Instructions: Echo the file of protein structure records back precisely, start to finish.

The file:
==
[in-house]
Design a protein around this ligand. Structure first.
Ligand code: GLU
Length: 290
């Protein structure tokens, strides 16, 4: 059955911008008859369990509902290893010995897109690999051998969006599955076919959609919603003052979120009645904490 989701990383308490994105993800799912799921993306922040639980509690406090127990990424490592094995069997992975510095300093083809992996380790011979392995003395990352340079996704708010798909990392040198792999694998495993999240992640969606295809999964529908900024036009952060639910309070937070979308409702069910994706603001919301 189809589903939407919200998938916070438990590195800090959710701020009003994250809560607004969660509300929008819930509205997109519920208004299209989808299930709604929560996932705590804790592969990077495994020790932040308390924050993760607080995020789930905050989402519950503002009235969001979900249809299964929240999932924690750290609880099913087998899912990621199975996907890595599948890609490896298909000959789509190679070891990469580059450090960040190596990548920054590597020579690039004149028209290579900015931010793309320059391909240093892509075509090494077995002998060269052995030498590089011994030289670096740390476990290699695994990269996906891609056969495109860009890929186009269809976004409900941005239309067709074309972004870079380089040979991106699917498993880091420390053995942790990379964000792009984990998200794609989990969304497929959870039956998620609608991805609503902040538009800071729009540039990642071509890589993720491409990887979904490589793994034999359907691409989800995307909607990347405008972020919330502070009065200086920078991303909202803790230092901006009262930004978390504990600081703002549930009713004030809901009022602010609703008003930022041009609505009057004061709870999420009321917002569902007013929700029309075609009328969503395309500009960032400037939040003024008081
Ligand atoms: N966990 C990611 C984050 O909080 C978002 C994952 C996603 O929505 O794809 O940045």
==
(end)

[in-house]
Design a protein around this ligand. Structure first.
Ligand code: GLU
Length: 290
């Protein structure tokens, strides 16, 4: 059955911008008859369990509902290893010995897109690999051998969006599955076919959609919603003052979120009645904490 989701990383308490994105993800799912799921993306922040639980509690406090127990990424490592094995069997992975510095300093083809992996380790011979392995003395990352340079996704708010798909990392040198792999694998495993999240992640969606295809999964529908900024036009952060639910309070937070979308409702069910994706603001919301 189809589903939407919200998938916070438990590195800090959710701020009003994250809560607004969660509300929008819930509205997109519920208004299209989808299930709604929560996932705590804790592969990077495994020790932040308390924050993760607080995020789930905050989402519950503002009235969001979900249809299964929240999932924690750290609880099913087998899912990621199975996907890595599948890609490896298909000959789509190679070891990469580059450090960040190596990548920054590597020579690039004149028209290579900015931010793309320059391909240093892509075509090494077995002998060269052995030498590089011994030289670096740390476990290699695994990269996906891609056969495109860009890929186009269809976004409900941005239309067709074309972004870079380089040979991106699917498993880091420390053995942790990379964000792009984990998200794609989990969304497929959870039956998620609608991805609503902040538009800071729009540039990642071509890589993720491409990887979904490589793994034999359907691409989800995307909607990347405008972020919330502070009065200086920078991303909202803790230092901006009262930004978390504990600081703002549930009713004030809901009022602010609703008003930022041009609505009057004061709870999420009321917002569902007013929700029309075609009328969503395309500009960032400037939040003024008081
Ligand atoms: N966990 C990611 C984050 O909080 C978002 C994952 C996603 O929505 O794809 O940045």